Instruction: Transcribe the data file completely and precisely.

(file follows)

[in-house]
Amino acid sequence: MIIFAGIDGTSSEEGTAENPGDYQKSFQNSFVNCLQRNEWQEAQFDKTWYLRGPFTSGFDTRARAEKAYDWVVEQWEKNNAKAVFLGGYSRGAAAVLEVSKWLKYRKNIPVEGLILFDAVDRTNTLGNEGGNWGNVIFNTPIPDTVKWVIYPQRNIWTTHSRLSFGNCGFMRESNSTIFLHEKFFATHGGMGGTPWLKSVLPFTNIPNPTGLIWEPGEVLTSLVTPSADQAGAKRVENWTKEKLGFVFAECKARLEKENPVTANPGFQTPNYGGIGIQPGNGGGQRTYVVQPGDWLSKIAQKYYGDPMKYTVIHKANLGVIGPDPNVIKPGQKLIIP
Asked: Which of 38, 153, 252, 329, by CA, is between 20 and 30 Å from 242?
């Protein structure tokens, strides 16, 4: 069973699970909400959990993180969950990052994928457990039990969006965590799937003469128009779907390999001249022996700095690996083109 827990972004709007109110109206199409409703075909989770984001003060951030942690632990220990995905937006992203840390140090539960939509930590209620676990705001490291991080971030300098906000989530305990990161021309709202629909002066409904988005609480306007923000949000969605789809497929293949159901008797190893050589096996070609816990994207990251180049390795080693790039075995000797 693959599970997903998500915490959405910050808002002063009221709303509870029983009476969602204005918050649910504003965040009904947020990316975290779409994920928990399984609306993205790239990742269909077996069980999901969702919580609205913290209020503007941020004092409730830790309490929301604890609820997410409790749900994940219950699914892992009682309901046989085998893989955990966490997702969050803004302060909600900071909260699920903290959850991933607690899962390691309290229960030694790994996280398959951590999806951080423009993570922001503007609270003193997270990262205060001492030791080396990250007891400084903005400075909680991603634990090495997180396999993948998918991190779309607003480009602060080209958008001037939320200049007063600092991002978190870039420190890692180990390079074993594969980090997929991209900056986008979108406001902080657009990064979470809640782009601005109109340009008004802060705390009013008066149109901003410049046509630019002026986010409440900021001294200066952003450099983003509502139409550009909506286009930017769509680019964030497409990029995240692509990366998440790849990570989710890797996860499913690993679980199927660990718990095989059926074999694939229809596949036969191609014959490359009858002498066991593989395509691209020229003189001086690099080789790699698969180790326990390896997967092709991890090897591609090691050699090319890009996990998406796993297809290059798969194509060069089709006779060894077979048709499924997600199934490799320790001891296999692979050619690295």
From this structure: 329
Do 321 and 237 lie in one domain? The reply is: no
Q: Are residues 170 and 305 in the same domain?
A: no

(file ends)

[in-house]
Amino acid sequence: MIIFAGIDGTSSEEGTAENPGDYQKSFQNSFVNCLQRNEWQEAQFDKTWYLRGPFTSGFDTRARAEKAYDWVVEQWEKNNAKAVFLGGYSRGAAAVLEVSKWLKYRKNIPVEGLILFDAVDRTNTLGNEGGNWGNVIFNTPIPDTVKWVIYPQRNIWTTHSRLSFGNCGFMRESNSTIFLHEKFFATHGGMGGTPWLKSVLPFTNIPNPTGLIWEPGEVLTSLVTPSADQAGAKRVENWTKEKLGFVFAECKARLEKENPVTANPGFQTPNYGGIGIQPGNGGGQRTYVVQPGDWLSKIAQKYYGDPMKYTVIHKANLGVIGPDPNVIKPGQKLIIP
Asked: Which of 38, 153, 252, 329, by CA, is between 20 and 30 Å from 242?
């Protein structure tokens, strides 16, 4: 069973699970909400959990993180969950990052994928457990039990969006965590799937003469128009779907390999001249022996700095690996083109 827990972004709007109110109206199409409703075909989770984001003060951030942690632990220990995905937006992203840390140090539960939509930590209620676990705001490291991080971030300098906000989530305990990161021309709202629909002066409904988005609480306007923000949000969605789809497929293949159901008797190893050589096996070609816990994207990251180049390795080693790039075995000797 693959599970997903998500915490959405910050808002002063009221709303509870029983009476969602204005918050649910504003965040009904947020990316975290779409994920928990399984609306993205790239990742269909077996069980999901969702919580609205913290209020503007941020004092409730830790309490929301604890609820997410409790749900994940219950699914892992009682309901046989085998893989955990966490997702969050803004302060909600900071909260699920903290959850991933607690899962390691309290229960030694790994996280398959951590999806951080423009993570922001503007609270003193997270990262205060001492030791080396990250007891400084903005400075909680991603634990090495997180396999993948998918991190779309607003480009602060080209958008001037939320200049007063600092991002978190870039420190890692180990390079074993594969980090997929991209900056986008979108406001902080657009990064979470809640782009601005109109340009008004802060705390009013008066149109901003410049046509630019002026986010409440900021001294200066952003450099983003509502139409550009909506286009930017769509680019964030497409990029995240692509990366998440790849990570989710890797996860499913690993679980199927660990718990095989059926074999694939229809596949036969191609014959490359009858002498066991593989395509691209020229003189001086690099080789790699698969180790326990390896997967092709991890090897591609090691050699090319890009996990998406796993297809290059798969194509060069089709006779060894077979048709499924997600199934490799320790001891296999692979050619690295």
From this structure: 329
Do 321 and 237 lie in one domain? The reply is: no
Q: Are residues 170 and 305 in the same domain?
A: no